This position is benefits eligible. Information is at: Salary is commensurate with experience and education.



Please apply, complete the online application at attach to the “Required Document” section:

Cover letter in which you:

Describe your qualifications for the position based upon the job requirements and position responsibilities.

Include examples of your ability to perform this job.

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Professional Reference List with complete phone and email contact information.


If you have questions about applying online please contact:

Naaz Babvani

Extension Human Resources

260 Coffey Hall, 1420 Eckles Ave.

University of Minnesota

St. Paul, MN  55108

Telephone: 612-624-3717

Fax: 612-624-7749



Mary Caskey

SNAP-Ed Associate Program Director




June 27, 2014; position will remain open until filled


*To check the status of your application, log-in to the University of Minnesota employment website at To log-in, you will need the user name and password you create when you apply for the position.


**Any offer of employment is contingent on the successful completion of a background check.


University of Minnesota Extension shall provide equal access to and opportunity in its programs, facilities, and employment without regard to race, color, creed, religion, national origin, gender, age, marital status, disability, public assistance status, veteran status, sexual orientation, gender identity, or gender expression.


Job opening at University of Kentucky

Please find a position available at the University of Kentucky for experienced professionals.  If you have any questions on the positions feel free to contact myself.




Associate Dean for Research and Director of the Kentucky Agricultural Experiment Station


The College of Agriculture, Food, and Environment (CAFE) at the University of Kentucky seeks an innovative leader for the position of Associate Dean for Research and Director of the Kentucky Agricultural Experiment Station. The Experiment Station serves as the research arm of the Colleges academic departments, the Division of Regulatory Services, and off-campus units that include the Veterinary Diagnostic Laboratory, research and education centers at Princeton and Robinson Station, and experiment station farms. The College also has a strong partnership with the USDA-ARS Forage-Animal Production Research Unit (FAPRU) located on campus.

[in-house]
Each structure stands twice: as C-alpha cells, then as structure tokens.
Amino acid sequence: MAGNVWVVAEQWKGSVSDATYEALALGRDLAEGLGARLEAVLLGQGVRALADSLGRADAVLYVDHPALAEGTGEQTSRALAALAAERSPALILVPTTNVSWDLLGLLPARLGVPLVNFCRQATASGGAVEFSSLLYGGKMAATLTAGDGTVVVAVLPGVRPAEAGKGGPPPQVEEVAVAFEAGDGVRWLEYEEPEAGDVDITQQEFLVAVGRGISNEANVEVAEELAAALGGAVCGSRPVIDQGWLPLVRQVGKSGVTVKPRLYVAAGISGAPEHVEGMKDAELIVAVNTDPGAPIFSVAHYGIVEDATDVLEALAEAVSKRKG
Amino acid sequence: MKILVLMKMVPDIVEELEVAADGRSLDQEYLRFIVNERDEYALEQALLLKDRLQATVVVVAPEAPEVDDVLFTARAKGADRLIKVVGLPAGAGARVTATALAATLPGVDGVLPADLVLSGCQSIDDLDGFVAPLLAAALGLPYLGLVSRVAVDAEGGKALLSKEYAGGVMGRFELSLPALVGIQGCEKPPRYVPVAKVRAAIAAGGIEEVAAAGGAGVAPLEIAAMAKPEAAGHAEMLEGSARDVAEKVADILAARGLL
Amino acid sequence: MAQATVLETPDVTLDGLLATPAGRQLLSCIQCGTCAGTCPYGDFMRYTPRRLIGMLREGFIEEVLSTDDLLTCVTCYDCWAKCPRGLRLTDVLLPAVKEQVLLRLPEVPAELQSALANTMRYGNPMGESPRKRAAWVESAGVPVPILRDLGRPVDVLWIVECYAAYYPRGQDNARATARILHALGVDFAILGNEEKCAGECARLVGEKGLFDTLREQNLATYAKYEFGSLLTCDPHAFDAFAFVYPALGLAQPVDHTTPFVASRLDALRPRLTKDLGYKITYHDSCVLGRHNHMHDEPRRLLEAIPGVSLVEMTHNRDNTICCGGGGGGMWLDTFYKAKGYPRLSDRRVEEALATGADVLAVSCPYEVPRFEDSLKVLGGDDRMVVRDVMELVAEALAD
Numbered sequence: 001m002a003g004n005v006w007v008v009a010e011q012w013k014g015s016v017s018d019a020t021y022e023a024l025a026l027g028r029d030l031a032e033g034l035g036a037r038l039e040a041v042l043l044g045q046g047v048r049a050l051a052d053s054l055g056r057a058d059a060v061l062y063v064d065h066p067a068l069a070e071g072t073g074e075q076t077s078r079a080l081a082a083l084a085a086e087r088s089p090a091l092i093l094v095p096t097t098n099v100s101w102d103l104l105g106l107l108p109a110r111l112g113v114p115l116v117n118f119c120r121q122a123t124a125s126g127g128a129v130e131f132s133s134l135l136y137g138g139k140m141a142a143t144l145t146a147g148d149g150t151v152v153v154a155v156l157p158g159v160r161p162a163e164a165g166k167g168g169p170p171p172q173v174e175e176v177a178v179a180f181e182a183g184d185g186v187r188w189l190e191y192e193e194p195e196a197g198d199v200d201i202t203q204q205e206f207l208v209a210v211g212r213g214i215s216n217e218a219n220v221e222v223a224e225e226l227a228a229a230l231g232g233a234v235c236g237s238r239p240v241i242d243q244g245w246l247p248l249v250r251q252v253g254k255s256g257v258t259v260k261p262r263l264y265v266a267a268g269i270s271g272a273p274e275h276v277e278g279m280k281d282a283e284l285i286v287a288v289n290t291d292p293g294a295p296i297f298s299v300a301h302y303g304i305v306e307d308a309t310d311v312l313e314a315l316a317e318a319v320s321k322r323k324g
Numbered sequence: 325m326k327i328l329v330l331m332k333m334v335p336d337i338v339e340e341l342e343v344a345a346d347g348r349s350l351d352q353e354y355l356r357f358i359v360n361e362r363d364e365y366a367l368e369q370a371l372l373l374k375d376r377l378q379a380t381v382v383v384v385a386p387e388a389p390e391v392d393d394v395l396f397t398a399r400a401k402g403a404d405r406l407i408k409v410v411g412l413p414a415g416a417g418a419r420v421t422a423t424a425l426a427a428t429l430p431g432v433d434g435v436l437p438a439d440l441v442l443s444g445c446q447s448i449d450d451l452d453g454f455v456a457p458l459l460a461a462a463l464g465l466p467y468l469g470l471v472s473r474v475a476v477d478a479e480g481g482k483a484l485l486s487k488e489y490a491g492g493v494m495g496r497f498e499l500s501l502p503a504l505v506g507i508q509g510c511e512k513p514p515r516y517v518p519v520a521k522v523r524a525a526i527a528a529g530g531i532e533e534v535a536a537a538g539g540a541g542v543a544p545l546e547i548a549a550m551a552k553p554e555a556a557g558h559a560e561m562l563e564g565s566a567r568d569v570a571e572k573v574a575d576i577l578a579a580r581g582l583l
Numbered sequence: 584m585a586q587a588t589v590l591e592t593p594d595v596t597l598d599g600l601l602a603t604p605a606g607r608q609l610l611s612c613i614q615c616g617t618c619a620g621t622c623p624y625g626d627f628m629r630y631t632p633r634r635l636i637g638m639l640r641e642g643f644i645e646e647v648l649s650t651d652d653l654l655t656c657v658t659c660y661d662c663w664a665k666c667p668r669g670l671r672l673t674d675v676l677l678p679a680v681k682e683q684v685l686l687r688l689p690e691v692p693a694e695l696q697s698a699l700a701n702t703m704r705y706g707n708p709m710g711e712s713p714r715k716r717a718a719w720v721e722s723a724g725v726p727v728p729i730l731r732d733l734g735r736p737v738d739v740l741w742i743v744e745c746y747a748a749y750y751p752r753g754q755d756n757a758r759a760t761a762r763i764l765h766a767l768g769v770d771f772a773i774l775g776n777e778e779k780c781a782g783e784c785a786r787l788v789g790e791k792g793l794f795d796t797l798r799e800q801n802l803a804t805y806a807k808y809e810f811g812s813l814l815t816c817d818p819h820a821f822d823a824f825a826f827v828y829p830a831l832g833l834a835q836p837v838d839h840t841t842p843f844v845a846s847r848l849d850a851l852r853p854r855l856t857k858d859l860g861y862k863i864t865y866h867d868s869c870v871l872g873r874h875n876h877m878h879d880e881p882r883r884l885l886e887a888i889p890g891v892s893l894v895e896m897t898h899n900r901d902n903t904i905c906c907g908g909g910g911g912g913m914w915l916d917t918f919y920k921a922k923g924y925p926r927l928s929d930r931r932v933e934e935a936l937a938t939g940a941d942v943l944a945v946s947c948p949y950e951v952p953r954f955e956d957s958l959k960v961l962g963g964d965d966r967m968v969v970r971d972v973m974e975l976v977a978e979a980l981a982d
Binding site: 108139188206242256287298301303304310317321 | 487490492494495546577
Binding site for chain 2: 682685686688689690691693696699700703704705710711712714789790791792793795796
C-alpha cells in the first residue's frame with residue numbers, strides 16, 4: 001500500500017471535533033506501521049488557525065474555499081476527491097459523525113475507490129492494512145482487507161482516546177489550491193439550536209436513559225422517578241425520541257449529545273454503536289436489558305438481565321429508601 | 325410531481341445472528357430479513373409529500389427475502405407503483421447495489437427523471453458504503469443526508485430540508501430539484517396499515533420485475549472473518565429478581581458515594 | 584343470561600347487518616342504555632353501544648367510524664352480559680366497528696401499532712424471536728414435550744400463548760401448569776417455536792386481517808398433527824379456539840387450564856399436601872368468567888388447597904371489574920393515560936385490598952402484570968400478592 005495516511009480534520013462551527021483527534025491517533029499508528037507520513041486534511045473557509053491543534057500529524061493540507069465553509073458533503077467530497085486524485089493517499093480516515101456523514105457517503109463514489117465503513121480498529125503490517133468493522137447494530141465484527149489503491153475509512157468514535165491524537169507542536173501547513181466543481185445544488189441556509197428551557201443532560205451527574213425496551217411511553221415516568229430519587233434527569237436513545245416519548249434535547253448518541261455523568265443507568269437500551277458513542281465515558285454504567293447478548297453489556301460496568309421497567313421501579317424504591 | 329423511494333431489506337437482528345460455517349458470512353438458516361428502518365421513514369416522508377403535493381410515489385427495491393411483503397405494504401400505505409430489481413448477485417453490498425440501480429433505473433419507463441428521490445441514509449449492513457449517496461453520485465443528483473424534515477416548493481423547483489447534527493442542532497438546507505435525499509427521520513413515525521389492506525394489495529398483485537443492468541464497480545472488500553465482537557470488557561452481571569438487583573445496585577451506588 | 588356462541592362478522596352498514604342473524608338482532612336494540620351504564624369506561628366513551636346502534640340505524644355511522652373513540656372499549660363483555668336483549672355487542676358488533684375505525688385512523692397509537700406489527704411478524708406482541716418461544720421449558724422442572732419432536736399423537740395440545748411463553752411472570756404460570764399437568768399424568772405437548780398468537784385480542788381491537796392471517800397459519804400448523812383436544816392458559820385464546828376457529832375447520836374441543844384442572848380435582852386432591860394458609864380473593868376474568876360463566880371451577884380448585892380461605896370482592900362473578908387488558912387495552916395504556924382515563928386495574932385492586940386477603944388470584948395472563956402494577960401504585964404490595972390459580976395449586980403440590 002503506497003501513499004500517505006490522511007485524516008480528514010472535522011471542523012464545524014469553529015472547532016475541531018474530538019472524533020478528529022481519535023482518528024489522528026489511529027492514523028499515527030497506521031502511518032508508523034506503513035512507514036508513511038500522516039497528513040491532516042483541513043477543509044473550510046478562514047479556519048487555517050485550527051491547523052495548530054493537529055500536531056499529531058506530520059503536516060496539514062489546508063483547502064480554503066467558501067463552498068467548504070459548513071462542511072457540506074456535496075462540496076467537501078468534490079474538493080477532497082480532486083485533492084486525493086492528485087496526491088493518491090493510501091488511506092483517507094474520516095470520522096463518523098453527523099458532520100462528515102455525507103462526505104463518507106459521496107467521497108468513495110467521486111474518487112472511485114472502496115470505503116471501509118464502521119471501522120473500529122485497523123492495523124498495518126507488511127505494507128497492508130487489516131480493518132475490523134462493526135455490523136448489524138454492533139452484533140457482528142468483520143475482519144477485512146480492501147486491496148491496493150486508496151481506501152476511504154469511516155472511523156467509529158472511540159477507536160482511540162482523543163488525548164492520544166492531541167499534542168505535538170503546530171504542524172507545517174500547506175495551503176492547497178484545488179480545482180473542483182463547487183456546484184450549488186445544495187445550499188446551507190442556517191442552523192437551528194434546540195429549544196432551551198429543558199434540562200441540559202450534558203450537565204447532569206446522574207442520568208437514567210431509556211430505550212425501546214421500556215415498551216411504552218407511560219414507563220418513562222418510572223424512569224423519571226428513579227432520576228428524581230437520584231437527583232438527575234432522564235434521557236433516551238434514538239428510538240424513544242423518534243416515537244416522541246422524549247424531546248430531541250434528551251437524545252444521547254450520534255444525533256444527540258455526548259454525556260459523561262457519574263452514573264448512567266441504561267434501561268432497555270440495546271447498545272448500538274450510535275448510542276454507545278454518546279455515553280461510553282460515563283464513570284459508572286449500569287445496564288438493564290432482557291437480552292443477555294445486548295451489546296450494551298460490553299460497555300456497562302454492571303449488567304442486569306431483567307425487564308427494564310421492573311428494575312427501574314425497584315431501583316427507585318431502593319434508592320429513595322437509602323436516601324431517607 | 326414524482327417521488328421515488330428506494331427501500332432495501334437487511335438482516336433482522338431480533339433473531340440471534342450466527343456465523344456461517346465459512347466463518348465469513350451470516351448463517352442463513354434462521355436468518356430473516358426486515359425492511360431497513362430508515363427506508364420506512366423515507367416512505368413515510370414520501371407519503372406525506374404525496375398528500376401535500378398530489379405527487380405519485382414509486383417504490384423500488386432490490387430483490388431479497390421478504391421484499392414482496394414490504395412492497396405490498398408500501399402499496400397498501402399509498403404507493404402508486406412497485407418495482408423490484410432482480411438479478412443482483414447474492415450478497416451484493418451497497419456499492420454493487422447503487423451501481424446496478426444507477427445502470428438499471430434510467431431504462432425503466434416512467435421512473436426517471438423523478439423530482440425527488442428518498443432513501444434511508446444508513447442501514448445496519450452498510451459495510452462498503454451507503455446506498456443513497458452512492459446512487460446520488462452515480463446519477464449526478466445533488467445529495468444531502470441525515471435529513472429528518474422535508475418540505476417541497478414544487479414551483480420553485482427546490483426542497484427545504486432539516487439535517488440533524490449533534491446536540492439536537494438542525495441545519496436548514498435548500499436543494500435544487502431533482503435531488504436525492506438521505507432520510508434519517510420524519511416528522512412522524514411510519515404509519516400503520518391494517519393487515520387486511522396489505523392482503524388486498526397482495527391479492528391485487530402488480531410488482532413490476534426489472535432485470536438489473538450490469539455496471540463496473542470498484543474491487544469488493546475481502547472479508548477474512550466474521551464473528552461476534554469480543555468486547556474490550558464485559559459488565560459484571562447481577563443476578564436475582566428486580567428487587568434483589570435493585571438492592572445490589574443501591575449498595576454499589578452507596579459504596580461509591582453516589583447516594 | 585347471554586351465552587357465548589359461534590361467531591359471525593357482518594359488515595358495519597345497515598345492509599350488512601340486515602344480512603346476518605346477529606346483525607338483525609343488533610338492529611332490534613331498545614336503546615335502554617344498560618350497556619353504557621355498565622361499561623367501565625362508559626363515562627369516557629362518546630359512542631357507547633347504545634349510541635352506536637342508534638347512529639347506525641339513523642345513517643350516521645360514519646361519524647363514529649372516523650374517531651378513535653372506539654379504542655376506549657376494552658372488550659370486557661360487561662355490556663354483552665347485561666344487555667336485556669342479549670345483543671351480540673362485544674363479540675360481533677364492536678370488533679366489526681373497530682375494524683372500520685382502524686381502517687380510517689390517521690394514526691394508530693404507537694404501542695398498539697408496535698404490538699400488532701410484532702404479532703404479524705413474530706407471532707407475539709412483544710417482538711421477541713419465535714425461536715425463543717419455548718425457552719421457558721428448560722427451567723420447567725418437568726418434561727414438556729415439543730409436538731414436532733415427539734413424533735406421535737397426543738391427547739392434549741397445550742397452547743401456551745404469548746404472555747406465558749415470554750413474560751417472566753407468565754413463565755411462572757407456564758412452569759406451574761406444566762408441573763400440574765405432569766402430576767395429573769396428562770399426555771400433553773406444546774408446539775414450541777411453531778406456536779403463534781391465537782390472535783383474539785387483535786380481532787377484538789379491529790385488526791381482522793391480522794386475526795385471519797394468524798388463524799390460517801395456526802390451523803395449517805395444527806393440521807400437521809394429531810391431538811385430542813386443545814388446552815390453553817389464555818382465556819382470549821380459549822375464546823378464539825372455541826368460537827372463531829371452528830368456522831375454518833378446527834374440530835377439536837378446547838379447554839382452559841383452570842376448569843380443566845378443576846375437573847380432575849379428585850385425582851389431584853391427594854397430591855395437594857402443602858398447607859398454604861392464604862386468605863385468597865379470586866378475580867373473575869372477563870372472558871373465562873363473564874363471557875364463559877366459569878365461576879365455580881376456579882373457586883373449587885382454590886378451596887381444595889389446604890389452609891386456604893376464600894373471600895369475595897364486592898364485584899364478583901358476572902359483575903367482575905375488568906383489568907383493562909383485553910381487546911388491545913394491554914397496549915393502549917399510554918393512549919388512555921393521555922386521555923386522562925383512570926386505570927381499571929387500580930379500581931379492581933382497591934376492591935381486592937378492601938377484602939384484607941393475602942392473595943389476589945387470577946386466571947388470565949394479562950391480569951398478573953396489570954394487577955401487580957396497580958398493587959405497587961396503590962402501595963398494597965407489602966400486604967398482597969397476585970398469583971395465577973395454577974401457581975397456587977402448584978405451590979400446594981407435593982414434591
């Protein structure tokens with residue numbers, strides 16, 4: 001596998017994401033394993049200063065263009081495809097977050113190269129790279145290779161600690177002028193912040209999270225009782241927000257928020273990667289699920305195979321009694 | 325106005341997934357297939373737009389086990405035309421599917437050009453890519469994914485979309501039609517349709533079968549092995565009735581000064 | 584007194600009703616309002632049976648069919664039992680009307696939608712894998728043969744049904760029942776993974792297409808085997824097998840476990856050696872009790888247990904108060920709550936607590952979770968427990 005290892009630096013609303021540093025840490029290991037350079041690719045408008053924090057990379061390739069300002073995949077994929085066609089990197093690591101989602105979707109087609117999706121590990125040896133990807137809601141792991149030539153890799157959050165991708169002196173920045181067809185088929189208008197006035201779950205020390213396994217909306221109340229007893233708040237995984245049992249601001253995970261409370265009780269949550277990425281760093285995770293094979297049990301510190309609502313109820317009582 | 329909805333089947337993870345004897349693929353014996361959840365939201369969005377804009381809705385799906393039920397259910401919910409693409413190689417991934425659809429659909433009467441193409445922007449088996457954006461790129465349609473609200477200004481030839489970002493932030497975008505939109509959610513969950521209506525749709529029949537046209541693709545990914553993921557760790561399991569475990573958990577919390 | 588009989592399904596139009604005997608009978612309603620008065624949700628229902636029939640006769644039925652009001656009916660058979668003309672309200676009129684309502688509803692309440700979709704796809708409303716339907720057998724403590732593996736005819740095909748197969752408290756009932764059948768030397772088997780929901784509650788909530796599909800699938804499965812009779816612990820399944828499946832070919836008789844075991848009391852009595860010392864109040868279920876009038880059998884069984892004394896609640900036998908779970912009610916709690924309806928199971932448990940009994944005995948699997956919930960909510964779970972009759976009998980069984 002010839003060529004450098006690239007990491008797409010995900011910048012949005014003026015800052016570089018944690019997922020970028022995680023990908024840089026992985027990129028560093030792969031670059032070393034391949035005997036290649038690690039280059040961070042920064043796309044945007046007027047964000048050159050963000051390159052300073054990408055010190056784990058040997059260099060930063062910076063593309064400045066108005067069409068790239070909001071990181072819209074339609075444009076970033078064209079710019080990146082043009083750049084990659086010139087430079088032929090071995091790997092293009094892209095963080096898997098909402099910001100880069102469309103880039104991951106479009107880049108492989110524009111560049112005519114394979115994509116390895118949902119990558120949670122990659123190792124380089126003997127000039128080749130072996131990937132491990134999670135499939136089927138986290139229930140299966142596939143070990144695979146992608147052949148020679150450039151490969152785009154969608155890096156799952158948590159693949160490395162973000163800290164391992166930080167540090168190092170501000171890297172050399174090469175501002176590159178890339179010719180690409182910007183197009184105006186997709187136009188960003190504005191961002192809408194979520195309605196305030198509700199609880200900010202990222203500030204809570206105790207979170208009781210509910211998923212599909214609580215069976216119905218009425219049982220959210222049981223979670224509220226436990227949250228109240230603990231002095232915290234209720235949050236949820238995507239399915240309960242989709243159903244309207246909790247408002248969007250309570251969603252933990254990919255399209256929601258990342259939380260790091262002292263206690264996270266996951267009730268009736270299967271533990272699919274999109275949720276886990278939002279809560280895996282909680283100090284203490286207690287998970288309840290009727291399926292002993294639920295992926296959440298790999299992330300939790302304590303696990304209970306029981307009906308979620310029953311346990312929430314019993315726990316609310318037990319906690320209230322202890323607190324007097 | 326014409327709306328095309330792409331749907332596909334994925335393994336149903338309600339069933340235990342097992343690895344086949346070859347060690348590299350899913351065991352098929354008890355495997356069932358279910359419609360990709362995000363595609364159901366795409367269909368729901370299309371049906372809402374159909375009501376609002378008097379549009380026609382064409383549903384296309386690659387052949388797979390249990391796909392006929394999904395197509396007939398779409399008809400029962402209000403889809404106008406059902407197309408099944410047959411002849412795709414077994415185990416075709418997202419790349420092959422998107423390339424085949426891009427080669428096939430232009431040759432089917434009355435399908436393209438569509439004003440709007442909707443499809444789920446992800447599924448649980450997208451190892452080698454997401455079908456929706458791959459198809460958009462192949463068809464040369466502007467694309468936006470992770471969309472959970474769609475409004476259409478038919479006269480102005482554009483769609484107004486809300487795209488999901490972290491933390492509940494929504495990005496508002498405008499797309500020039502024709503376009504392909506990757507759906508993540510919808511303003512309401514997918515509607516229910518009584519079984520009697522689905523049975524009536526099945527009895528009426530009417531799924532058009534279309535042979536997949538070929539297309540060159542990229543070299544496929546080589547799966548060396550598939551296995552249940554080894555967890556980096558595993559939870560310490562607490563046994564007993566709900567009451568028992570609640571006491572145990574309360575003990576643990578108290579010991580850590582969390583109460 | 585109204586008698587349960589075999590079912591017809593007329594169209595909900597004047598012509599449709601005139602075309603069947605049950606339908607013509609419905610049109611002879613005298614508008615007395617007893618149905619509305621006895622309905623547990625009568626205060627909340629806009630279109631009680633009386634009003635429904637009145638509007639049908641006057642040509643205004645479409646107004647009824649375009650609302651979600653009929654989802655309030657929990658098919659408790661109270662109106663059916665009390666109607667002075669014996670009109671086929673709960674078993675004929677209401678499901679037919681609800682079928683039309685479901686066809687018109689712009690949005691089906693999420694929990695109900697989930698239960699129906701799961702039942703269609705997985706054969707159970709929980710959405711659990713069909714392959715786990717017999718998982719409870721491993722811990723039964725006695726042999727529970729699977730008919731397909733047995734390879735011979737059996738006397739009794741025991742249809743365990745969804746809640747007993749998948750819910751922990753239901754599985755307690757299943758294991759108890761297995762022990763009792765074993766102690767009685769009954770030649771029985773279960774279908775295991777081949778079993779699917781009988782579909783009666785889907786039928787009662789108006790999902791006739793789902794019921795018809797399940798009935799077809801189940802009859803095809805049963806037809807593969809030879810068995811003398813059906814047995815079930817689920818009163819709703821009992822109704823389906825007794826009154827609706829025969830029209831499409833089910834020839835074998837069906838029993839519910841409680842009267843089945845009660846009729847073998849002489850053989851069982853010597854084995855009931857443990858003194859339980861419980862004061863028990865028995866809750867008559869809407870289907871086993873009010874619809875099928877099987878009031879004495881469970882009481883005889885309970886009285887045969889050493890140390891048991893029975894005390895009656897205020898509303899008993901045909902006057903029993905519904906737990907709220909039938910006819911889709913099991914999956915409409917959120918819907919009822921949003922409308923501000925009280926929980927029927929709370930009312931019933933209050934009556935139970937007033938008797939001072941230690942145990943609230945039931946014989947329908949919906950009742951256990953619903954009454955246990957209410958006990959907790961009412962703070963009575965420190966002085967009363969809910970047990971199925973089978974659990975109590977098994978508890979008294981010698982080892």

Responsibilities: The Associate Dean position is the principal administrative officer of the Kentucky Agricultural Experiment Station and reports directly to the Dean of the College of Agriculture, Food, and Environment. The person filling this position will participate fully in the overall management and operation of the research related activities of the college including the Kentucky Agricultural Experiment Station. The candidate will work in a team environment with the Dean of the College and the Associate Deans for Extension, Academic Programs, and Administration, as well as department chairs and unit leaders.The Associate Dean has oversight for all research-related academic activities and federal and state mandated programs, comprising an annual budget of around $35 million with an additional $25-$30 million in grants and contracts. The Associate Dean will devise and implement policies for investing in research across the college under a new values-based financial model. Day-to-day duties include: